Autism spectrum disorder (ASD) is a developmental disorder associated with difficulties in interacting with others, repetitive behaviors, restricted interests and other symptoms that can impact academic or professional performance. People diagnosed with ASD can present varying symptoms that differ in both their behavioral manifestations and intensity.
As a result, some autistic individuals often require far more support than others to complete their studies, learn new skills and lead a fulfilling life. Neuroscientists have been investigating the high variability of ASD for several decades, with the hope that this will aid the development of more effective therapeutic strategies tailored around the unique experiences of different patients.
Researchers at Weill Cornell Medicine have recently used machine learning to investigate the molecular and neural mechanisms that could underlie these differences among individuals diagnosed with ASD. Their paper, published in Nature Neuroscience, identifies different subgroups of ASD associated with distinct functional connections in the brain and symptomatology, which could be related to the expression of different ASD-related genes.
“This work was a follow-up study initiated and led by the first author Dr. Amanda Buch while she was a graduate student in the lab led by Dr. Conor Liston,” Dr. Logan Grosenick, co-senior author of the paper, told Medical Xpress. “It was directly inspired by previous work from the Liston lab) where we introduced new machine learning (ML) methods to discover different subtypes of and biomarkers for depression.”
The study’s lead author, Dr. Buch, explained, “A key motivation of our study is that a significant barrier to developing therapies for ASD is that the diagnostic criteria are broad. This means the ASD diagnosis describes a large and phenotypically diverse group of people with different underlying biological mechanisms. To personalize therapies for individuals with ASD, it will be important to understand and take into consideration this biological diversity. It is hard to identify the optimal therapy when everyone is treated as being the same, when they are each unique.”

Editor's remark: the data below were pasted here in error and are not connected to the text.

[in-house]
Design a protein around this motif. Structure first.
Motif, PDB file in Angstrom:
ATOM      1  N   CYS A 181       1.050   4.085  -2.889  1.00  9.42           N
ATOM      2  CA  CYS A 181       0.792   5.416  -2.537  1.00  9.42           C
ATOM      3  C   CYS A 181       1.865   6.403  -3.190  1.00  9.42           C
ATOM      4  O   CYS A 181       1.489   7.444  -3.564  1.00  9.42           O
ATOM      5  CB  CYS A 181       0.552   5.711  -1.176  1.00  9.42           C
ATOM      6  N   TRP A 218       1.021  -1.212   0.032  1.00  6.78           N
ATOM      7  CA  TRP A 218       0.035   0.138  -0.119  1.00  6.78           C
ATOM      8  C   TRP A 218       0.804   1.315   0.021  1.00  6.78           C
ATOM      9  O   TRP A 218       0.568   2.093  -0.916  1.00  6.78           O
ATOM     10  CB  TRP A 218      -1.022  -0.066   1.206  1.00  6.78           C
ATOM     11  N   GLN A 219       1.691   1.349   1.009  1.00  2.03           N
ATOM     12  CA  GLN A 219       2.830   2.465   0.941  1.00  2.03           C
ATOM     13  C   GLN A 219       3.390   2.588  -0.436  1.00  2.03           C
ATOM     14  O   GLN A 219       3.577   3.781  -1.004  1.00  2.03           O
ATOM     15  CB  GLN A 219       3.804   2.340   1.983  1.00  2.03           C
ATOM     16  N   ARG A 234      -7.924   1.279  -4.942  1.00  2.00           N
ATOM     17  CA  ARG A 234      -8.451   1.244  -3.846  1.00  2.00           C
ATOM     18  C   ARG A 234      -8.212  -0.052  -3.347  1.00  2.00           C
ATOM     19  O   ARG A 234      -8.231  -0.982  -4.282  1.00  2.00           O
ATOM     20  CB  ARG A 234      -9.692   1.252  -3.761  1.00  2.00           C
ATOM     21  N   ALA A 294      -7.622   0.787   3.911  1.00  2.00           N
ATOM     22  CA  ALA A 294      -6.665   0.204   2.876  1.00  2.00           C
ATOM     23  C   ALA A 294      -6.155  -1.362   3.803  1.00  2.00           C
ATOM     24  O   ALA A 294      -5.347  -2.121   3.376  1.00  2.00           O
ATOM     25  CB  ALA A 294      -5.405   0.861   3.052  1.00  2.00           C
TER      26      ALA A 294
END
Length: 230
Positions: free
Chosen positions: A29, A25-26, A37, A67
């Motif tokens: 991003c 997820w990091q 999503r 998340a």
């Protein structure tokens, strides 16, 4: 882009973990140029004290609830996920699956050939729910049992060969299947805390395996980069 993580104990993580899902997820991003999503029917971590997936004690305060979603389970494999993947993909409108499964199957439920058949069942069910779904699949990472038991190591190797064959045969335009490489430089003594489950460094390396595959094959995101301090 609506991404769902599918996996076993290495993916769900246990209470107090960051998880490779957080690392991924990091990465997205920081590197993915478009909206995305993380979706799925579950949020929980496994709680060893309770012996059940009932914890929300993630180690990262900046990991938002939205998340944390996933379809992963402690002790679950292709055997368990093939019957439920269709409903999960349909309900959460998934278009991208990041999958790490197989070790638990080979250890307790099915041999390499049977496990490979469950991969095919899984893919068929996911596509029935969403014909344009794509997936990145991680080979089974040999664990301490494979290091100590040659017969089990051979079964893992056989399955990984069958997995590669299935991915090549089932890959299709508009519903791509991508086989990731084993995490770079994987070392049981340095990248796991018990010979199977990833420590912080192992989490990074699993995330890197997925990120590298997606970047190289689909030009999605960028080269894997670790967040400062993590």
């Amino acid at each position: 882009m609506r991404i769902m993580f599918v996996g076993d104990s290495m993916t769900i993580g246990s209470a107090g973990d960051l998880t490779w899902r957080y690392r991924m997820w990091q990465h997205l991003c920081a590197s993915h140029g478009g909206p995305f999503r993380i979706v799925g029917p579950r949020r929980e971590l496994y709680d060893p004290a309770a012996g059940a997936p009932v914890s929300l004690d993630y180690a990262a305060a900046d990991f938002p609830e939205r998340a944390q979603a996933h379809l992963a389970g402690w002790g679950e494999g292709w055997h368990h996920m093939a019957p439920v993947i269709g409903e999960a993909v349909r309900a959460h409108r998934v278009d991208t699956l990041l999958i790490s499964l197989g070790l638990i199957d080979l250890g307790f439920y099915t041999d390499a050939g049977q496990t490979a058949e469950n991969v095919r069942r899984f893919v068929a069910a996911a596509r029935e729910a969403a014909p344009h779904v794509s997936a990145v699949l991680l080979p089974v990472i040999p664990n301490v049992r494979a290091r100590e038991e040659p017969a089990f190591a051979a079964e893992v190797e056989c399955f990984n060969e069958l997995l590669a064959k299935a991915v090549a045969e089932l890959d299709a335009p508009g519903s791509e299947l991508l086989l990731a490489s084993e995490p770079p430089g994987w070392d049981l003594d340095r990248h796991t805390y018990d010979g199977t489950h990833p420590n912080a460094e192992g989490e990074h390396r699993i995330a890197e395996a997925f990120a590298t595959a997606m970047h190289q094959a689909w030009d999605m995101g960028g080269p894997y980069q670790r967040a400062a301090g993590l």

The primary goal of the recent work by Dr. Buch, Dr. Grosenick, Dr. Liston and their colleagues was to examine differences in the behavior and brain connectivity among patients with ASD and outline biologically different subtypes of the disorder. They were unsure about whether these subtypes actually existed, thus they used machine learning tools to analyze clinical data and search for possible recurring patterns and replicated their findings in an independent group of autistic individuals.
“If such subtypes existed, we next wanted to see if their differences in brain connectivity might be related to differences in gene expression across the brain, and what protein networks could be involved,” Dr. Grosenick said.
To conduct their study, the researchers relied on two publicly available datasets containing information about the behavior of different individuals diagnosed with ASD, as well as functional magnetic resonance imaging (fMRI) scans and other brain-related data. They also used gene expression data gathered by the Allen Human Brain Atlas and other past research efforts.
“Using machine learning, we discovered robustly reproducible brain-behavior dimensions underlying ASD, and that ASD individuals clustered into four subgroups in this space,” Dr. Grosenick explained. “Interestingly, the brain connectivity that was different from non-ASD controls was quite different in each subgroup, and this connectivity was explained by different gene expression patterns and protein–protein interaction networks across individuals. Critically, these subgroups replicated robustly in data from another study, as well as in an independent text-mining analysis of the biomedical literature.”
Overall, the findings collected by this team of researchers suggest that there are different robust subtypes of ASD, each associated with distinct molecular signaling pathways and neural connectivity patterns. The team identified four subgroups of ASD so far, but further studies could unveil additional ones.
In the future, this recent work could improve the present understanding of ASD, while potentially also guiding the development of therapies targeting the different clinical subgroups it uncovered. Meanwhile, Dr. Buch, Dr. Grosenick, Dr. Liston and their colleagues plan to continue their research in this area, in the hope to better understand the characteristic patterns they uncovered.
“Technically, the machine learning approach provides a template for future studies linking genes, brain connectivity, and behavior in psychiatry,” Dr. Grosenick added. “We now plan on extending this work to even larger and richer ASD datasets that are emerging (as well as to other heterogenous psychiatric diagnoses), and we are actively working on improved ML methods for personalized psychiatry and subtyping of this kind.”
Dr. Buch concurred and noted, “We hope our approach will one day lead to new, personalized approaches for the diagnosis of and targeted therapies for individuals with ASD as well as new approaches for other neuropsychiatric diagnoses.”
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Exploring the mechanisms underpinning individual differences in autism spectrum disorder using machine learning (2023, April 20)
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